Follow this map of Coastal Rhode Island.

Newport: A few miles south of Wickford, take Route 138 east toward Newport, crossing Narraansett Bay via the Jamestown and Newport bridges and Conanicut Island. After the Newport Bridge, the road enters Aquidneck Island. Reaching Newport, on the southern tip of Aquidneck, follow signs downtown to the waterfront (typically jammed with yachts, sailboats, and other craft). The Long Wharf area is good for lunch.

Nearby Bellevue Avenue is lined with summer cottages (as the rich called their palatial mansions) built by old-money families in the 1890s, America's Gilded Age. Along Bellevue Avenue are Beechwood (home of the Astors), Rosecliff (used as a set in the film The Great Gatsby), and Belcourt Castle, home of the Belmonts. Ochre Point Avenue is the site of the Breakers (the 70-room Vanderbilt cottage), while Ocean Drive harbors Hammersmith Farm, where John and Jackie Kennedy were married.

Newport also features the International Tennis Hall of Fame and the Museum of Yachting, reflecting Newport's status as sailing capital of the East Coast and longtime host of the America's Cup. It's also the site of the annual summertime Newport Jazz Festival.

Saunderstown: Now head back on Route 138 to U.S. 1A, and go south along the coast a short distance to Saunderstown, site of Gilbert Stuart's birthplace (located between U.S. 1 and 1A). Stuart, best known for painting more than 100 portraits of George Washington, lived in the house until age seven. Also the site of the first snuff mill in America, it has been restored and furnished in the mid-18thcentury style and contains reproductions of some of Stuart's works.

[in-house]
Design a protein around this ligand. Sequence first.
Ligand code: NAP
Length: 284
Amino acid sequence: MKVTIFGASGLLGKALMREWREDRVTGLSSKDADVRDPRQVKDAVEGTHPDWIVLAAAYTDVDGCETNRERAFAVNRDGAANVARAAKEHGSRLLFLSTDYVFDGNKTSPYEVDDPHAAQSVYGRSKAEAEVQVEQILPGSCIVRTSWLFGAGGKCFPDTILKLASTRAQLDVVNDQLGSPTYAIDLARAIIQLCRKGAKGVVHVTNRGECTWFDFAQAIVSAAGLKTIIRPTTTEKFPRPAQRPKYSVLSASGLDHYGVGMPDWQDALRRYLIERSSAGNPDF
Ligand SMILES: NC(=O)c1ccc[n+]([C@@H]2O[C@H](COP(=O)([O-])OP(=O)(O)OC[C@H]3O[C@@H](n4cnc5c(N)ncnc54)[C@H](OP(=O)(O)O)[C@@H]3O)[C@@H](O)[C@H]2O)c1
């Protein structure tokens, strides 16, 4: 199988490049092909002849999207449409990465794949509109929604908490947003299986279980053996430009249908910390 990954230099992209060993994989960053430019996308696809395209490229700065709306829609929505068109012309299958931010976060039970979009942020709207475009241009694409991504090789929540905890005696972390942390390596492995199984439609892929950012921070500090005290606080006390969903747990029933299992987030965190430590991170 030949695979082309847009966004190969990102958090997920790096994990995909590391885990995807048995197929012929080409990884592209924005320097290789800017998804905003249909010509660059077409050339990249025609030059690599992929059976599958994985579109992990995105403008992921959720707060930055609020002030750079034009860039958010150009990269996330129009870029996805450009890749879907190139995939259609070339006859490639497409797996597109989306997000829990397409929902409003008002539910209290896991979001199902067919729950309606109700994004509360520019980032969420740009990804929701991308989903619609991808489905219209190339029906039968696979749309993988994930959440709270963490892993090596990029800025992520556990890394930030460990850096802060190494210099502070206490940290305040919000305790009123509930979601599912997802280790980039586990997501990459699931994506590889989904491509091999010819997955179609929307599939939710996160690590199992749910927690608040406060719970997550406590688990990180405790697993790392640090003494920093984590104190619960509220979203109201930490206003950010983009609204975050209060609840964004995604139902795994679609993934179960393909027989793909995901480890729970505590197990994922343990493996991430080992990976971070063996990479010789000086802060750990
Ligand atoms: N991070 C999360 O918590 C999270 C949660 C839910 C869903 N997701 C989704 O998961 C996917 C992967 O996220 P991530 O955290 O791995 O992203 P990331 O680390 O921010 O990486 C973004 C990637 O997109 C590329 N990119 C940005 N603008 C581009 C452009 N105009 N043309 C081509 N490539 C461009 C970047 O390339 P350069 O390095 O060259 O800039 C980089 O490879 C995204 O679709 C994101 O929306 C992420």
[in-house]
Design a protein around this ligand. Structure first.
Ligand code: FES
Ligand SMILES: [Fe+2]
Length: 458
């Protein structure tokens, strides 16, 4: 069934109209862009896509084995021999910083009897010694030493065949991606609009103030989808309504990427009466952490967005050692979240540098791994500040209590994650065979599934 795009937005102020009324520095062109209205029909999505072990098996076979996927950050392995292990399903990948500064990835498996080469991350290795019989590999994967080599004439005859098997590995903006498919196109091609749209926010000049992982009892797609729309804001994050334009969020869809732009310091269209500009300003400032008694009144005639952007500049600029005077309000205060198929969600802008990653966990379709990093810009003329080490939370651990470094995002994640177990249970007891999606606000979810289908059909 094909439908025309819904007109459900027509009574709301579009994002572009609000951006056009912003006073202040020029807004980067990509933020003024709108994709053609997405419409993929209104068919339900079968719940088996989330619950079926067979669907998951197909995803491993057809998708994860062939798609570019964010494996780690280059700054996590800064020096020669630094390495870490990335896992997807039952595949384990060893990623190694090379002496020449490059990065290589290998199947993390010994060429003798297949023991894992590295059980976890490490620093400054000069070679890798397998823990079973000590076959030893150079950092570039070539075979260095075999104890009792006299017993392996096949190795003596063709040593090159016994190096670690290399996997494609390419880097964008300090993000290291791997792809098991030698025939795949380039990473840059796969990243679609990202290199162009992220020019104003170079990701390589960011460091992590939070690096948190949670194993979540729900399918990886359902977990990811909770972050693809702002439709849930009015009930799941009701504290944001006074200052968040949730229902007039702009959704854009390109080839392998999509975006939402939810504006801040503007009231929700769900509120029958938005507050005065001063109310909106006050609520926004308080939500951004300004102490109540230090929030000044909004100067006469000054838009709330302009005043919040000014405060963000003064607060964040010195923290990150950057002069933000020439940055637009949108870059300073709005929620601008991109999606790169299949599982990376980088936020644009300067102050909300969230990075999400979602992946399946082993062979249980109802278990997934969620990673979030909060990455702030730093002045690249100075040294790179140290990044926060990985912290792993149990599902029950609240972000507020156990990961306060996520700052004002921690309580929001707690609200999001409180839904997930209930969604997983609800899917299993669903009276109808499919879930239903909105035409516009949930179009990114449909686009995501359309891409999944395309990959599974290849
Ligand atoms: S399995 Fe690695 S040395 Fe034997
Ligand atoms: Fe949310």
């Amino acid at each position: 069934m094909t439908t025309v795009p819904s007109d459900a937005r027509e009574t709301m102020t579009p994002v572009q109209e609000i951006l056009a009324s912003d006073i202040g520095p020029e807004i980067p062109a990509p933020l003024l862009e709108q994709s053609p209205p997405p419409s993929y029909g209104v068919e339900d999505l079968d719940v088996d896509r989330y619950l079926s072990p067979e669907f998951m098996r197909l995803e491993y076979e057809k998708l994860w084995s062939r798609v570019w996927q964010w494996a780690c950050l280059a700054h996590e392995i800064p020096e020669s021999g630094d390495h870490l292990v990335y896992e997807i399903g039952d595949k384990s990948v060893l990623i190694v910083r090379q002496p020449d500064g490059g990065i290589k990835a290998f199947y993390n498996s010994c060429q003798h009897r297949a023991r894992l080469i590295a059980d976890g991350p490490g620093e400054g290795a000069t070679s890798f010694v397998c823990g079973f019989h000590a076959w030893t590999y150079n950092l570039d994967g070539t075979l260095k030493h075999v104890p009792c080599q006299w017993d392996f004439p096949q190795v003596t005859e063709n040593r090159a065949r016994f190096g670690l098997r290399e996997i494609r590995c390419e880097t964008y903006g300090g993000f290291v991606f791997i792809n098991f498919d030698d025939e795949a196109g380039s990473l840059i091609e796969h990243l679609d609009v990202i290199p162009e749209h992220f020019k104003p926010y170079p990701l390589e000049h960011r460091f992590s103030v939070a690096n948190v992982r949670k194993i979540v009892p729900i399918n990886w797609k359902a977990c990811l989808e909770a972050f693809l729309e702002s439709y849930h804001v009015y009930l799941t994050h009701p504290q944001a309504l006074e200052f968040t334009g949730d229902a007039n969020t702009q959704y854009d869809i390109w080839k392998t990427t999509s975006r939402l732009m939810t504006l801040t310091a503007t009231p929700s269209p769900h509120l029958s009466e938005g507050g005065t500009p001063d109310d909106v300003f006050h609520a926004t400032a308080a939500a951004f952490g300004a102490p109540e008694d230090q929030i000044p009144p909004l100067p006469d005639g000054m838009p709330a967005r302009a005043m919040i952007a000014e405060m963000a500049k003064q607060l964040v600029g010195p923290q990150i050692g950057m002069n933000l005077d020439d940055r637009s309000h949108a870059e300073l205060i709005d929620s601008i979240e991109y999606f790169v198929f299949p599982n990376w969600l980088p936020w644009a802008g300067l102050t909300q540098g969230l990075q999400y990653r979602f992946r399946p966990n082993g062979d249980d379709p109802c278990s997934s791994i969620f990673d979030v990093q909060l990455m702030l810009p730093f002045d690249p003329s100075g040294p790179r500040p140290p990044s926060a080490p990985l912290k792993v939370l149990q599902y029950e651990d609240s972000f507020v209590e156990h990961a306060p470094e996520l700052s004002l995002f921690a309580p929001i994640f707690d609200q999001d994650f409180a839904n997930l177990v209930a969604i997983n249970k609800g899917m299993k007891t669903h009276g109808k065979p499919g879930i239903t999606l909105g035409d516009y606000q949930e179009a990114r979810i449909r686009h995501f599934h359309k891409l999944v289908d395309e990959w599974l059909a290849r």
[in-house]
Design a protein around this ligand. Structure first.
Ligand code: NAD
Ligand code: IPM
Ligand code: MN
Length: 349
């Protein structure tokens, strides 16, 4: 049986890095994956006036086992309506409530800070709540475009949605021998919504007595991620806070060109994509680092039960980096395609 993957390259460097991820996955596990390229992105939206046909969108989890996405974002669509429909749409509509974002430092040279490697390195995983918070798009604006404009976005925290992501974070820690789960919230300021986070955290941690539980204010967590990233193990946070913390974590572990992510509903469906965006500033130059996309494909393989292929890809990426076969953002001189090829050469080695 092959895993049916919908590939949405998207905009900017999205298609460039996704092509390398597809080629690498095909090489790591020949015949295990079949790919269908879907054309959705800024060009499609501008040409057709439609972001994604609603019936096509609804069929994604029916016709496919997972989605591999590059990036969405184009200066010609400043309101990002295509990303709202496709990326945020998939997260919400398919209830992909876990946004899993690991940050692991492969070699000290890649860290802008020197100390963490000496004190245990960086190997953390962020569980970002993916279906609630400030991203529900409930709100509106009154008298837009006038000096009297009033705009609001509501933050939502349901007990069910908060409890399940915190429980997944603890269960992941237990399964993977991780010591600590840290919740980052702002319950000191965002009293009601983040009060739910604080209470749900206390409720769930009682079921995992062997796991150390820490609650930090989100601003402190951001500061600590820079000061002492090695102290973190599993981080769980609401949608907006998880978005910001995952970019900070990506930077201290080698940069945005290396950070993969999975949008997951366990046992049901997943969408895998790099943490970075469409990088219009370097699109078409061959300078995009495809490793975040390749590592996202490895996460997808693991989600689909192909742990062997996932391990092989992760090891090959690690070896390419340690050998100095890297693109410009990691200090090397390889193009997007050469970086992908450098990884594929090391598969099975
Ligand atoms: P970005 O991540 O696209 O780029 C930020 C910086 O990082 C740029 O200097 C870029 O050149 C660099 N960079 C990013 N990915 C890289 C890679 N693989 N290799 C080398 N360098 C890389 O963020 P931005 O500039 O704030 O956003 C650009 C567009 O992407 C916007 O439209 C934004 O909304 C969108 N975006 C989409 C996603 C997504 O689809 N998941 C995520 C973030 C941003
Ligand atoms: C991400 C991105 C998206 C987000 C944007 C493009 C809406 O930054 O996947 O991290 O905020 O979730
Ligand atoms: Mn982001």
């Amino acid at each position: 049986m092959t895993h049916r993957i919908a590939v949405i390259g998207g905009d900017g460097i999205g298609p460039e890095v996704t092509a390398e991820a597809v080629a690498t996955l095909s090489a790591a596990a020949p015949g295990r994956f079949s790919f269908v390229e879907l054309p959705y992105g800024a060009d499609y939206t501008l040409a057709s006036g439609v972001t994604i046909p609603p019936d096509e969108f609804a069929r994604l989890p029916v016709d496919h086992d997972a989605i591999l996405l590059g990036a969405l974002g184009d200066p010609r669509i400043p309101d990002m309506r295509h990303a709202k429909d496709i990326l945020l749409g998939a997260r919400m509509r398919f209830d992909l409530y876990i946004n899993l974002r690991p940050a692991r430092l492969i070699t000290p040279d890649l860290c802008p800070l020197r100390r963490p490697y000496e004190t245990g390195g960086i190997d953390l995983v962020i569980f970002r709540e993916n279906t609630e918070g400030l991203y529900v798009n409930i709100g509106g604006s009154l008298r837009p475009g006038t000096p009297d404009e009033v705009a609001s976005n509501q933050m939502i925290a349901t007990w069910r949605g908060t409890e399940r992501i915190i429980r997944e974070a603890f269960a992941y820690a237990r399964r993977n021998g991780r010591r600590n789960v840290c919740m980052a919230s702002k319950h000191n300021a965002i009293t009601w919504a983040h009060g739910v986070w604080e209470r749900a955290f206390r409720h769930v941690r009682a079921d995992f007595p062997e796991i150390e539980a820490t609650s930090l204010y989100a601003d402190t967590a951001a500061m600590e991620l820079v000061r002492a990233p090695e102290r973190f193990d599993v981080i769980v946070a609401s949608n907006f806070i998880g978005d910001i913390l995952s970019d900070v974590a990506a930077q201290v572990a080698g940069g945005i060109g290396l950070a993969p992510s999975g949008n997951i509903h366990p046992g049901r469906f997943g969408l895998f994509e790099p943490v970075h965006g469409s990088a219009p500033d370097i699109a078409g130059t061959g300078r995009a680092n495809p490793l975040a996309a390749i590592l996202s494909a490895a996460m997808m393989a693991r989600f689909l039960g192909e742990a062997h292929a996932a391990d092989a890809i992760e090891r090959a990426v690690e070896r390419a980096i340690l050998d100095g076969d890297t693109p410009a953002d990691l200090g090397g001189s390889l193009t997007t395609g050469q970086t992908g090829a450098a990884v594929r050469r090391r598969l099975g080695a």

Point Judith: Farther south on 1A is Narragansett, a Victorian-era resort town located at the point where Narragansett Bay meets the Atlantic Ocean. Continue south from there to Point Judith, site of a historic lighthouse at the tip of a peninsula and several beautiful beaches, including Scarborough State Beach, which has a beachside boardwalk. The village of Galilee on Point Judith is the embarkation point for ferries to Block Island, an unspoiled resort island with wonderful beaches, scenic walking trails, cliffs, and several wildlife refuges, about 12 miles off the coast.

East Beach and Misquamicut State Beach: Returning to U.S. 1, head west along South County and Rhode Island's southern coastline. Short side trips south of U.S. 1 lead to salt ponds, piney woodlands, and miles of wide, flat, white-sand beaches. Among the best beaches are East Beach, south of Charlestown, and Misquamicut State Beach, near the western tip of the state. The latter is a two mile-long stretch of sand typically filled with sunbathers and lined with amusements and snack bars.

Watch Hill: The drive ends at Watch Hill, the state's westernmost beach resort, rich with Victorian architecture and home to the oldest merry-go-round in America, the Flying Horse Carousel, whose carved wooden steeds have been flying since 1867.